It is normal in elections, regardless of how bad the polls look, to put on a brave face and express confidence. That certainly isn’t specific to Taiwan. In spite of how the polls look, one would expect the Han camp to pooh-pooh how bad the situation is.
This quote in the Taipei Times is the kind of thing one would expect:
Commenting on a poll released yesterday by the Chinese-language Liberty Times (the sister paper of the Taipei Times), which shows Han behind President Tsai Ing-wen (蔡英文) by 37.65 percentage points, campaign office spokeswoman Anne Wang (王淺秋) said that polls are “highly manipulatable” and might be inaccurate.
But the Han campaign isn’t operating on normal, in frustration with the polls Mayor Han has asked his supporters to tell pollsters that they support his opponent, President Tsai (a call which hasn’t actually moved the needle that much).
The campaign office had expected the margin to widen after Han last month instructed his supporters to claim to support Tsai in polls, Wang told a news conference in Taipei, adding: “We had expected the margin to be greater.”
Han’s campaign office is confident about winning the election, as internal assessments made by the KMT last month before Han gave the directive found that the margin between Han’s and Tsai’s support rates was not big, she said.
Asked how the KMT assessed Han’s support rate without polls, Wang said that the party has been conducting surveys on Han’s policy plans and evaluating his popularity through his interaction with local people during his campaign tour.
Based on his interaction with voters, it is apparent that Han has many “hidden” supporters, she said.
The KMT has financial problems in the wake of the passage of the ill-gotten assets law and the apparent lack of significant action on the part of KMT Chair Wu Den-yih to raise significant sources of new income. The party, used to being the so-called “richest political party in the world” was packed with plum patronage jobs. According to one well-informed source, while people have been let go, they were often the professional types–like pollsters. Using his colourful (and likely highly accurate) phrase, the “professional tea drinkers and cigarette smokers” are still on the payroll.
Notice in the quote above, apparently the KMT hasn’t even been conducting polls–only conducting “assessments” and “surveys”. This is mindblowing. This means either the Han campaign is entirely relying on the “highly manipulatable” (to use spox Anne Wang’s quote) polls to determine where they are weak and need to concentrate their resources…or they’re just making it up…or they aren’t even considering that at all.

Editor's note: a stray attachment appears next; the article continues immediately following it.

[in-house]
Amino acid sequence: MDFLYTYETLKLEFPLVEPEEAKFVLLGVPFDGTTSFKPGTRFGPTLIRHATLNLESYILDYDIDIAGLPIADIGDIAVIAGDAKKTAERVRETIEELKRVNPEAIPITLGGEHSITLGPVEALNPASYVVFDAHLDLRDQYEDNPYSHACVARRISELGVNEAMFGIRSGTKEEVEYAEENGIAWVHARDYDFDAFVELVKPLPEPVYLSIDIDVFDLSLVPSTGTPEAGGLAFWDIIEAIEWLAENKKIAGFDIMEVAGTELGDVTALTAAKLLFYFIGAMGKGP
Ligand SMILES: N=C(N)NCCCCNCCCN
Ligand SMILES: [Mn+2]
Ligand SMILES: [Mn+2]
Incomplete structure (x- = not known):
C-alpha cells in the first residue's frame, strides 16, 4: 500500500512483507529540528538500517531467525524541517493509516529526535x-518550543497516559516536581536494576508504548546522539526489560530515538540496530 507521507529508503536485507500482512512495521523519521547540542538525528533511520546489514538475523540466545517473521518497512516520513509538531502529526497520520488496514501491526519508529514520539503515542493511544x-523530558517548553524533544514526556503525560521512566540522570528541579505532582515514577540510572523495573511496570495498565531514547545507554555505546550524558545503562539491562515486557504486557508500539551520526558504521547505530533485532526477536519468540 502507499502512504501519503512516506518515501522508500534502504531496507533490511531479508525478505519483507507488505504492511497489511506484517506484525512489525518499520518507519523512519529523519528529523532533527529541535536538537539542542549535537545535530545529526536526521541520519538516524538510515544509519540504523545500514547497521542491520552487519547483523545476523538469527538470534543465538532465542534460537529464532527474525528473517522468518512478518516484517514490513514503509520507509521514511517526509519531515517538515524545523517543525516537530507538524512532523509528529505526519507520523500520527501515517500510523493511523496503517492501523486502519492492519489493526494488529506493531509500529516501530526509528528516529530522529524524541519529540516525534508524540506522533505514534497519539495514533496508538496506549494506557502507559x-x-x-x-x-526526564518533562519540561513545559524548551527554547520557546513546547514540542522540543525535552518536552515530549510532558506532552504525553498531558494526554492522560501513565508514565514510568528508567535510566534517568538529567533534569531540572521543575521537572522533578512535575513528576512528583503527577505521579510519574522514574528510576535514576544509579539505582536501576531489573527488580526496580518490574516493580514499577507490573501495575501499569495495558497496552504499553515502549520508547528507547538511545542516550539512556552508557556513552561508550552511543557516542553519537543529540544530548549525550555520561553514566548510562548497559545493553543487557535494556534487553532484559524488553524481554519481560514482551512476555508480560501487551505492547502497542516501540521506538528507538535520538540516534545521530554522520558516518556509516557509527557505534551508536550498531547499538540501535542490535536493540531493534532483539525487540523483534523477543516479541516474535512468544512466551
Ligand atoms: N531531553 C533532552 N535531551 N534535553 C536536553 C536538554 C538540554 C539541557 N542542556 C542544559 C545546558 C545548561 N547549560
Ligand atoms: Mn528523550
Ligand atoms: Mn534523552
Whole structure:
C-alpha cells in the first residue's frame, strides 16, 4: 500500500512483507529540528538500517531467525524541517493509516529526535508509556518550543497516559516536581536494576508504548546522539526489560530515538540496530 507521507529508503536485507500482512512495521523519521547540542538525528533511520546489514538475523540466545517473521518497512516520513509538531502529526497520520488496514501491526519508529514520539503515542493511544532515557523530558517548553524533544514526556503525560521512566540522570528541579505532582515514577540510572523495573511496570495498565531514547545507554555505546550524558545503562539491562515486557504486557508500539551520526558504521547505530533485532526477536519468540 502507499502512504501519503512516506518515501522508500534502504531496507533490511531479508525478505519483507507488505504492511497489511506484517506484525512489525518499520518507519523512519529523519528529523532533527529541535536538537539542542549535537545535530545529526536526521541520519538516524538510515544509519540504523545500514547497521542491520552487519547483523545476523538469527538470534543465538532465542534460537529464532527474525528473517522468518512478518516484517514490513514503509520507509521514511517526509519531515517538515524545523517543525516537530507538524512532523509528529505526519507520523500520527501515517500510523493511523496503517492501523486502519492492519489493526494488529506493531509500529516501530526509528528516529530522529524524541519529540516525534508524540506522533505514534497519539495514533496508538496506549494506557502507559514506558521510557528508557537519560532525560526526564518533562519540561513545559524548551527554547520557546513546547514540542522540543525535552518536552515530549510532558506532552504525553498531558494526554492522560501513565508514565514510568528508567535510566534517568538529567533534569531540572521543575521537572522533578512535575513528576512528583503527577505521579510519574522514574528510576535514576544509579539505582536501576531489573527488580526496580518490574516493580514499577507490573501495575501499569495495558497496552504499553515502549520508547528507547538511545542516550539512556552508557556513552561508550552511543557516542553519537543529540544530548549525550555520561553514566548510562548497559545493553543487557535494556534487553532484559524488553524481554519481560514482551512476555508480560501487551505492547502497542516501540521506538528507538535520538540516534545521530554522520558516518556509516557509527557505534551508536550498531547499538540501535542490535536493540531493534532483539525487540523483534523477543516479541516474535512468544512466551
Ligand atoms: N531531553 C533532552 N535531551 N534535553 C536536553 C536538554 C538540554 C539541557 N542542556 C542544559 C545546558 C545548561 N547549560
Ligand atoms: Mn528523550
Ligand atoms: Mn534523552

And it’s not just Han and his spox:
Separately, Lee Chia-fen (李佳芬), Han’s wife and former Yunlin County councilor, yesterday told the New York-based Chinese-language World Journal that using the latest poll numbers to gauge support for Tsai is a “joke.”
Considering the extent to which Taiwan’s economy has deteriorated under Tsai, “if you think she would receive more votes this time, you must think people are stupid,” Lee said.
Noting that a certain poll predicted that Tsai would win the race by 30 percent, that would mean a margin of 4.5 million votes, Lee said.
“If you look at the statistics and think about it, you would find it laughable,” she added.
As a result, Han’s campaign office thought it might as well urge supporters to claim to support Tsai just to make the Democratic Progressive Party (DPP) happy, Lee said.
Asked about Lee’s remarks, Tsai said that although Han’s camp claims not to believe in polls, it often cites them.
Well, good thing Mayor Han has ex-Premier Simon Chang as his VP pick and the man in charge of crafting his platform, right? This “grown up in the room” has another metric besides polling to gauge the race, this from the official KMT website:
Chang San-cheng (張善政), KMT’s vice presidential candidate, stated that he believed that KMT presidential candidate Han Kuo-yu (韓國瑜) would win the election. Chang indicated that prior to the time when Han called on his fans to answer pollsters’ questions by saying, “I support Tsai only,” making polling organizations producing unrealistic poll results, the gap in support ratings between Han and Tsai was within 5%, the margin of error, adding that, in fact, bookies were giving even money on Han and Tsai.
Right after Chang’s remarks were made public, the DPP legislative caucus called a press conference to denounce Chang, indicating that Chang knew book-making was illegal, but he still used bookies to save Han’s election prospects. Moreover, the caucus also called on Chang to phone the police to report the bookies as soon as possible if he knew how to contact them.
Former New Taipei Mayor and KMT Chair Eric Chu (朱立倫) only in the last week or two has taken over as head of Han’s campaign. Chu is solid and knows what he is doing, if a bit dull and lackluster. It doesn’t appear he’s managed to bring Han’s team under control, though he may be the one behind managing to bring current New Taipei Mayor Hou You-yi (侯友宜) and Taichung Mayor Lu Shiow-yen (盧秀燕) back into the fold and publicly supporting Han and appearing with him on stage at rallies–which it had only recently appeared neither intended to do.
Perhaps Eric Chu can bring some professionalism to the Han campaign, halt the slide in the polls and start turning things around. However, with only four weeks left, I wouldn’t bet on it–though Simon Chang’s bookies think it might be.
Photo by the author.